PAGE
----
“I Don’t Blame the Pilot”

Jet Hits the Home of a Family.

Two pastoral issues:

The father, Dong Yun Yoon, lost a parent, wife and two children.  He said “”Please pray for him [the pilot] not to suffer from this accident.”

Magnanimous.

It’s true.  The pilot, perhaps, wasn’t at fault.  If Mr. Yoon had been angry, what then?  He would have been equally justified.   In the midst of such loss, there are no right or wrong emotions.  Rage, frustration, sadness … I understand the person who just wants to throw oneself on the fire, or stand stoically amongst the dead.

The heartbreaker is this: “I know there are many people who have experienced more terrible things,” Yoon said. “But, please, tell me how to do it. I don’t know what to do.”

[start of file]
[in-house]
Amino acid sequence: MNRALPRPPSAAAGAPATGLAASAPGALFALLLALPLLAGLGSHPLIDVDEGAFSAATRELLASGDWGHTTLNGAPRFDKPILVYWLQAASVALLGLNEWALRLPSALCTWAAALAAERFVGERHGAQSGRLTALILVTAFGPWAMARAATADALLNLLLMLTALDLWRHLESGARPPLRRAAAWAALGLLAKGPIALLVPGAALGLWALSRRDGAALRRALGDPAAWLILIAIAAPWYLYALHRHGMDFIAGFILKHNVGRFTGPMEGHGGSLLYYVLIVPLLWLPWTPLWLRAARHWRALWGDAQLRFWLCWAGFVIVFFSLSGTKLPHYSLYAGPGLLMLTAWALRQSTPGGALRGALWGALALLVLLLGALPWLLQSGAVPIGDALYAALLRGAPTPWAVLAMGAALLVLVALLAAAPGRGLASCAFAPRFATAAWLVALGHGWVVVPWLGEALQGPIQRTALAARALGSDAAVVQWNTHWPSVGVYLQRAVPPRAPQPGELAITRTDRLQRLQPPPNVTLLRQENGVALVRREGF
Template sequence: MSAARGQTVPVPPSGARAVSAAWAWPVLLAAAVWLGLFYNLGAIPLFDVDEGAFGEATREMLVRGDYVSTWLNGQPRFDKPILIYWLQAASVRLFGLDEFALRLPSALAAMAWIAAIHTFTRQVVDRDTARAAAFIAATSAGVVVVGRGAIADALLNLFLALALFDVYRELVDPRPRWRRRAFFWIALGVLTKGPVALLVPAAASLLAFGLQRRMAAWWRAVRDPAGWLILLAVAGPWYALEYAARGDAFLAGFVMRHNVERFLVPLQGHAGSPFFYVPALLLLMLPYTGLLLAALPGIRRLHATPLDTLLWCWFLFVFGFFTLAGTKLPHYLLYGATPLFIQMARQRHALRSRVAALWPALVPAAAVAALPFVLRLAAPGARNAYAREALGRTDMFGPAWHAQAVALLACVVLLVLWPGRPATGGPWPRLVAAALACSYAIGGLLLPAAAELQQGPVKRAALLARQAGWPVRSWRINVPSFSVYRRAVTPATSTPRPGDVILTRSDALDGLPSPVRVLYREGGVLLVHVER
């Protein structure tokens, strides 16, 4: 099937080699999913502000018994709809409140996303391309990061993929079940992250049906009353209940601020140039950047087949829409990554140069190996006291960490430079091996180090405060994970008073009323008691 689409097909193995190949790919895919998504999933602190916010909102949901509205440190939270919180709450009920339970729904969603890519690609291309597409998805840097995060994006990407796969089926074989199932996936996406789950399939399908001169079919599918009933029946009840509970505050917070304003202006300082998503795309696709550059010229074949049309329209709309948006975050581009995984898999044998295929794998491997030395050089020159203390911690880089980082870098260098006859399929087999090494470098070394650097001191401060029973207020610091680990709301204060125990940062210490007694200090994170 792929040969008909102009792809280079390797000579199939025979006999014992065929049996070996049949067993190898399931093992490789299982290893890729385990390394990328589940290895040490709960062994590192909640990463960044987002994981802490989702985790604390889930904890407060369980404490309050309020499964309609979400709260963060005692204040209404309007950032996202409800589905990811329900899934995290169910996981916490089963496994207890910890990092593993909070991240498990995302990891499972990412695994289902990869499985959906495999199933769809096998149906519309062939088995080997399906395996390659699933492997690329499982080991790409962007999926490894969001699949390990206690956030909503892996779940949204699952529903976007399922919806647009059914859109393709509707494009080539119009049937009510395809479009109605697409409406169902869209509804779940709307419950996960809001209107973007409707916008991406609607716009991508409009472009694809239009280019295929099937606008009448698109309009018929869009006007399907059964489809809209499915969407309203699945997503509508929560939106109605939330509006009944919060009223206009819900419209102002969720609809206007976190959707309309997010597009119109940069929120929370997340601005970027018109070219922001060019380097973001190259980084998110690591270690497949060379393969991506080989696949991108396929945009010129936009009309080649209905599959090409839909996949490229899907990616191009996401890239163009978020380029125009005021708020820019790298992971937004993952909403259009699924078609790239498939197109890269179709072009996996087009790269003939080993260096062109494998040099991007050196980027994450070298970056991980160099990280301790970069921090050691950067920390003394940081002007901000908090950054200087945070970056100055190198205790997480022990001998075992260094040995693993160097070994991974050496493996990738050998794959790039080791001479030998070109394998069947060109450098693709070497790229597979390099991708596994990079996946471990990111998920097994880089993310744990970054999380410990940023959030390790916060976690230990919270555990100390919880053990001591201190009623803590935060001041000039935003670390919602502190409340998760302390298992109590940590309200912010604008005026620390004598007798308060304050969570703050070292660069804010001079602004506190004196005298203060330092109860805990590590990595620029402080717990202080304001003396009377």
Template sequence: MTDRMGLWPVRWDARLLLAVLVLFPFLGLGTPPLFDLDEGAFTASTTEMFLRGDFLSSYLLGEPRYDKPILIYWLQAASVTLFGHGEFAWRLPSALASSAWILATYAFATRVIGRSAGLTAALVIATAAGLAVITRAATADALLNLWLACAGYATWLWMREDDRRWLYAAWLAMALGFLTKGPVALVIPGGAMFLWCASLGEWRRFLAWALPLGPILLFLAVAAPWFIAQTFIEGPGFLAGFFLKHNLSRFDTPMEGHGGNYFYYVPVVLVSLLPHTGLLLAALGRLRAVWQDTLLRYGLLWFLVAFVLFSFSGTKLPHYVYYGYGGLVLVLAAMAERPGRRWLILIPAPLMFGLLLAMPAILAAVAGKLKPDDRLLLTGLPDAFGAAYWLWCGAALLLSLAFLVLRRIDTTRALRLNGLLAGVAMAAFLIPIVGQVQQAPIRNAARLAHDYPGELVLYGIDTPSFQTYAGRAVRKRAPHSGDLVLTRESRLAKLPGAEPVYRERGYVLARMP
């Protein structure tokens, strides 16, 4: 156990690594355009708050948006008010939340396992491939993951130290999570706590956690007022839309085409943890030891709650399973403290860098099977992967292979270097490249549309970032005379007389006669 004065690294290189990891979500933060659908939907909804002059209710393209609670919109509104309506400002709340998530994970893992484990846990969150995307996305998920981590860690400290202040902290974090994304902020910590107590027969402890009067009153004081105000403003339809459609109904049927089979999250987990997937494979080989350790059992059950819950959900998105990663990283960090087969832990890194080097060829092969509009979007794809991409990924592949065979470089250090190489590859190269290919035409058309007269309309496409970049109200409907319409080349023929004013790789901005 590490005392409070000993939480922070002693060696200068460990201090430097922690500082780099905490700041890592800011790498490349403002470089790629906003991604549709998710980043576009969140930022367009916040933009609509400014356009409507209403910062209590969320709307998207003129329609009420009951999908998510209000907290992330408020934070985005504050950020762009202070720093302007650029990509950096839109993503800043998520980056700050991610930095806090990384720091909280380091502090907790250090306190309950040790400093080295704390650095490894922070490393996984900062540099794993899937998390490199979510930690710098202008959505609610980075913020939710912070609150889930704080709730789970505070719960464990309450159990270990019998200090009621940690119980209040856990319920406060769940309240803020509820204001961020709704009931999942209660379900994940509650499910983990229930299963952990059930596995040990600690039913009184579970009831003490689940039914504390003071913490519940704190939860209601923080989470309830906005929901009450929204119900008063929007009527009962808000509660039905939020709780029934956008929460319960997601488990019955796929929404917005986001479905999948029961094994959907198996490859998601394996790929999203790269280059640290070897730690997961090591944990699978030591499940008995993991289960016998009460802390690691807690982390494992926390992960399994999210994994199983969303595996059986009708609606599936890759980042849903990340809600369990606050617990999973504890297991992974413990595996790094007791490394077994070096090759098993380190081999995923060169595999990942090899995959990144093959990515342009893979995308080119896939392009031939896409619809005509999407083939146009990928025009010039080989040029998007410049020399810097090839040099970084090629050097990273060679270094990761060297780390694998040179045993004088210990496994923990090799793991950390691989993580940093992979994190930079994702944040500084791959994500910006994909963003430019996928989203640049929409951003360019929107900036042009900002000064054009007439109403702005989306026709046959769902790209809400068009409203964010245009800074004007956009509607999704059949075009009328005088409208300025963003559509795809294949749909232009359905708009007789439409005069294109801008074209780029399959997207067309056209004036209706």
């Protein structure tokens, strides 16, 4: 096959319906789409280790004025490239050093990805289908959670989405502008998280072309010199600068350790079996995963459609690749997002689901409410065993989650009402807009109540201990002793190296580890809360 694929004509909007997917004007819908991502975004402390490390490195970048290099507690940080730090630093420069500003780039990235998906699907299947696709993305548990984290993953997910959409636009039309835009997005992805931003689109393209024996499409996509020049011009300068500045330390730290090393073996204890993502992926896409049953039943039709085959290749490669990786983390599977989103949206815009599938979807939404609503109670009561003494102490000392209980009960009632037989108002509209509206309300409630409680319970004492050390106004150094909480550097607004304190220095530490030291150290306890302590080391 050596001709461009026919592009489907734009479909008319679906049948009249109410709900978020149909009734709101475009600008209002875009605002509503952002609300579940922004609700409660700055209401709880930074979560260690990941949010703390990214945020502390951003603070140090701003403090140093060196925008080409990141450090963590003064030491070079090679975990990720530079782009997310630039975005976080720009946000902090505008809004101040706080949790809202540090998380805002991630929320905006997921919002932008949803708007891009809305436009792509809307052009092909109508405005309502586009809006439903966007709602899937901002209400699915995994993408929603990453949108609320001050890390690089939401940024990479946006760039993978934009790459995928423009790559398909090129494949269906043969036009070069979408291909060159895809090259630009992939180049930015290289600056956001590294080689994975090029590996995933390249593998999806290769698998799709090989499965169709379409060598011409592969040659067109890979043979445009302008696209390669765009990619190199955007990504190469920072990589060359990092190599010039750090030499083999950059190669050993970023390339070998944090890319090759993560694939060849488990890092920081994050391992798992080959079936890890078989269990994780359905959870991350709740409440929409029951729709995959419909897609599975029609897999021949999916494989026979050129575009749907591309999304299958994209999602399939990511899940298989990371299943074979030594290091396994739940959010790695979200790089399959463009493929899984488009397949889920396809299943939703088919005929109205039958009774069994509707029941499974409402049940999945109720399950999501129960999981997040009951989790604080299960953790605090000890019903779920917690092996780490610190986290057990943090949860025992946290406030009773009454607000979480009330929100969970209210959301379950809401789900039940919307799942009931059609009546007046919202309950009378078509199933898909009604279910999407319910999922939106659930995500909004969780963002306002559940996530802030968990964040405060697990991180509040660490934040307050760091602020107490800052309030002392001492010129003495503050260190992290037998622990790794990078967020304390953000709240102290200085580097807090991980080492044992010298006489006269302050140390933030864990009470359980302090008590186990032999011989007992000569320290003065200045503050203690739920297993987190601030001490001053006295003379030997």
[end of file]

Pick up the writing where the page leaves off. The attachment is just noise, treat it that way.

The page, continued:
“Tell me how to do it.”  Who could tell him how to do it?  Nobody.  No priest, grief therapist or doctor.

I often hear “it could be worse.”  I have no problem with this.   But sometimes it is also proper to say, “This blows.  My life sucks right now.  I hate it.”  We can hate death and suffering and cry and weep because there is something wrong about this.   It doesn’t matter if they are in a better place.  It is alright to shake one’s fist and plead for mercy. Other people do suffer.  They may suffer more.  But Yoon isn’t living their lives.

He can ask, “Why is the the world so fucked up?”

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One comment on ““I Don’t Blame the Pilot”

  1. My heart goes out to him. I hope he finds a way to cope with his loss as well as those close to him and his family.

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